|Licensure||Licensure is required in every state.|
|Experience||Supervised clinical practice is often required before a counselor can become fully licensed.|
|Key Skills||Good listening and communication skills, ability to develop relationships with many different types of people, organizational skills for keeping detailed client records|
Step 1: Earn a Bachelor's Degree
A prospective counselor will begin his or her education with a bachelor's degree. A student may choose a related major, such as psychology, education or social work, or he or she may choose an unrelated major. If choosing an unrelated major, the student will need to take some electives in psychology. Coursework in general psychology, abnormal psychology, psychology of adolescence, personality psychology and statistics may be useful for preparing for graduate school.
- Complete work or volunteer experience in a counseling setting. Students may choose to gain work experience as volunteers or interns in settings that will expose them to the counseling profession. Having hands-on experience and witnessing the daily demands of a counselor may better prepare students for graduate school. Completing such experience also demonstrates commitment to the profession and puts students in touch with professionals who may be able to write letters of recommendation for graduate school applications.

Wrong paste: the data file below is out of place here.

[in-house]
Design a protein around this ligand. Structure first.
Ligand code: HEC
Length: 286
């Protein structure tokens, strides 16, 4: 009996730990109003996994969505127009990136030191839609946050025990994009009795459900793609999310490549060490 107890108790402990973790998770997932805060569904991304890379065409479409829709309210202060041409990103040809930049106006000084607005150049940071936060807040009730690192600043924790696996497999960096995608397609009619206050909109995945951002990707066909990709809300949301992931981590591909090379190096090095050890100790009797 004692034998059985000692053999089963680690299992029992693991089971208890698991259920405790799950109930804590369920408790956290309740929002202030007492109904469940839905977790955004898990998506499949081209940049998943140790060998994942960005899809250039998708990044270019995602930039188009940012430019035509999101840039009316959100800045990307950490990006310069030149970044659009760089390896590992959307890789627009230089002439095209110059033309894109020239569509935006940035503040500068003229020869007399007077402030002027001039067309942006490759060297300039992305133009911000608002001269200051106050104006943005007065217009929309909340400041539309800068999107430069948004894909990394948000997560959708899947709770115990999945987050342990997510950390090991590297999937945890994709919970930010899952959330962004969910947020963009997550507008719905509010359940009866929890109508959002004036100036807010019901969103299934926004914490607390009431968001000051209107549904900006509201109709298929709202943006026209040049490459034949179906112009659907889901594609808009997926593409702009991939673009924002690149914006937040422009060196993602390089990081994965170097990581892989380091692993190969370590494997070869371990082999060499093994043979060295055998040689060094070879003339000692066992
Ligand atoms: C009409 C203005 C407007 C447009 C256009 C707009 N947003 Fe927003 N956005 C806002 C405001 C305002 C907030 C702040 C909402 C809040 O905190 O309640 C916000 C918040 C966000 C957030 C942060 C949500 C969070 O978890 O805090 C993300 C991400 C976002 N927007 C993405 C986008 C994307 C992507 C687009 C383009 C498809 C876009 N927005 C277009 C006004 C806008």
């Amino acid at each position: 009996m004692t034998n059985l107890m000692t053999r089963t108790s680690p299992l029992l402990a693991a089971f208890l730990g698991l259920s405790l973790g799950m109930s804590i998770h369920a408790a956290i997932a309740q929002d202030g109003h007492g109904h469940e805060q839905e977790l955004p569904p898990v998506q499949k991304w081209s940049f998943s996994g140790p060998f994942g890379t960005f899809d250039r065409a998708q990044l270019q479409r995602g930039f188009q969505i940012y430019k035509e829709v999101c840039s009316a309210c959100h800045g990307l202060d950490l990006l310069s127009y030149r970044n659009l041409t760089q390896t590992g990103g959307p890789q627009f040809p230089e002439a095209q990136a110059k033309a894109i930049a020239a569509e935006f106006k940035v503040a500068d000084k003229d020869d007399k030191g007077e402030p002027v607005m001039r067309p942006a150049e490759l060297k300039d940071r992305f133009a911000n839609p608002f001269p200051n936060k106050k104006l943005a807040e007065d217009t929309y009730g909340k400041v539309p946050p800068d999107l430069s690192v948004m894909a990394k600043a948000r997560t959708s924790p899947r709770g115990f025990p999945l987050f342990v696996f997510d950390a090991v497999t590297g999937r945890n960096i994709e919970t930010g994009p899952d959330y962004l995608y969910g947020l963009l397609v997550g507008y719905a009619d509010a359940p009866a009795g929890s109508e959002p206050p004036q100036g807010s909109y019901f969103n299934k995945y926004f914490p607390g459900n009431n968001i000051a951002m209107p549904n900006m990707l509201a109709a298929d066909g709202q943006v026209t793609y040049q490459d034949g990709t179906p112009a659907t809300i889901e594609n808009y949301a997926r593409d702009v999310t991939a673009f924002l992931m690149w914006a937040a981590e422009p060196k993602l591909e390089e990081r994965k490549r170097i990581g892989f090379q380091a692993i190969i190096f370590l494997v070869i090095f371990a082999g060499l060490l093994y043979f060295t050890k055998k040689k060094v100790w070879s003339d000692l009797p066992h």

Step 2: Earn a Master's Degree
Earning a license in any field of counseling requires a master's degree. The degree program that a student pursues will depend on his or her career objectives, the population he or she wants to work with and any theoretical leanings he or she may have. Each type of degree leads to a different professional title, and every type of program requires a period of fieldwork or clinical practice supervised by an approved counselor.